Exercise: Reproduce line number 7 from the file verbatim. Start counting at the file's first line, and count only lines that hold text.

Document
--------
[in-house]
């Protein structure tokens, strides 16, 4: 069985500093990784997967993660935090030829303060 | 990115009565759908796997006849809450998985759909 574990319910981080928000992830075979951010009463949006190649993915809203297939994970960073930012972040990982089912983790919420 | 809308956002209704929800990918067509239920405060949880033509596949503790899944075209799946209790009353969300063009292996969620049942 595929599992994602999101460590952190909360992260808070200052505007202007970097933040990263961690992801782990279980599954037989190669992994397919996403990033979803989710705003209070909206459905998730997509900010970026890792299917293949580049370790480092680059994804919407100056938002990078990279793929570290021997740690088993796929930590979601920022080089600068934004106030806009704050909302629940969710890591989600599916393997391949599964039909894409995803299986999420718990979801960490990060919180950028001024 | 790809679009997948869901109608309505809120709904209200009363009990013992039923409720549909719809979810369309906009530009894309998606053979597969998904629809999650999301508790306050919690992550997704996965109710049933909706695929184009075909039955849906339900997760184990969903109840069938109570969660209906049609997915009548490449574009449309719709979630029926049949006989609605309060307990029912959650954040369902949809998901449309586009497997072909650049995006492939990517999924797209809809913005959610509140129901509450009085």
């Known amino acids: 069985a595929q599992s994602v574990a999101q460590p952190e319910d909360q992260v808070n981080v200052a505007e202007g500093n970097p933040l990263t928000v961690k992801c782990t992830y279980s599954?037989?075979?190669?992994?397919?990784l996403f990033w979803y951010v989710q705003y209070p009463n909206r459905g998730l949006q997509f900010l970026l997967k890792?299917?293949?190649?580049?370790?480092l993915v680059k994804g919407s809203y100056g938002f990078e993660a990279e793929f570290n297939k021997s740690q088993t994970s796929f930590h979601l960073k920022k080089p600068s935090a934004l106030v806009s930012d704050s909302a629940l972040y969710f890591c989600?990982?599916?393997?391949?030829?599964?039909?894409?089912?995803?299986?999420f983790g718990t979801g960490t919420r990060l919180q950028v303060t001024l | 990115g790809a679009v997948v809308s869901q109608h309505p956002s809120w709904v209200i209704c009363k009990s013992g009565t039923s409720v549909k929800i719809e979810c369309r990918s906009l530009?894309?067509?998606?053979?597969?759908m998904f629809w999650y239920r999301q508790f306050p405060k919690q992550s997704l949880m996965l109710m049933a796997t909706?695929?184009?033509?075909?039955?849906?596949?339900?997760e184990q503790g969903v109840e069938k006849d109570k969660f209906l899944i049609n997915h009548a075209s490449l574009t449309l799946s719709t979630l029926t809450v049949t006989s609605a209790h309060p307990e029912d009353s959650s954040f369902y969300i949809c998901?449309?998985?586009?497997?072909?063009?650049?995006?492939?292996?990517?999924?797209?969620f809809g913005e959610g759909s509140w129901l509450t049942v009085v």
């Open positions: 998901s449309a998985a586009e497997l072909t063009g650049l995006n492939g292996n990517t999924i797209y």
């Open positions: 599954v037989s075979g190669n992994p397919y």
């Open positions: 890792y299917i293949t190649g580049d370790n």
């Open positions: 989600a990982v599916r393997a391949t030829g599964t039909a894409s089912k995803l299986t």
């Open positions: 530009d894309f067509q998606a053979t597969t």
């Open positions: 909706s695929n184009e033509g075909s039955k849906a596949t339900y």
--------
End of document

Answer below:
């Open positions: 989600a990982v599916r393997a391949t030829g599964t039909a894409s089912k995803l299986t």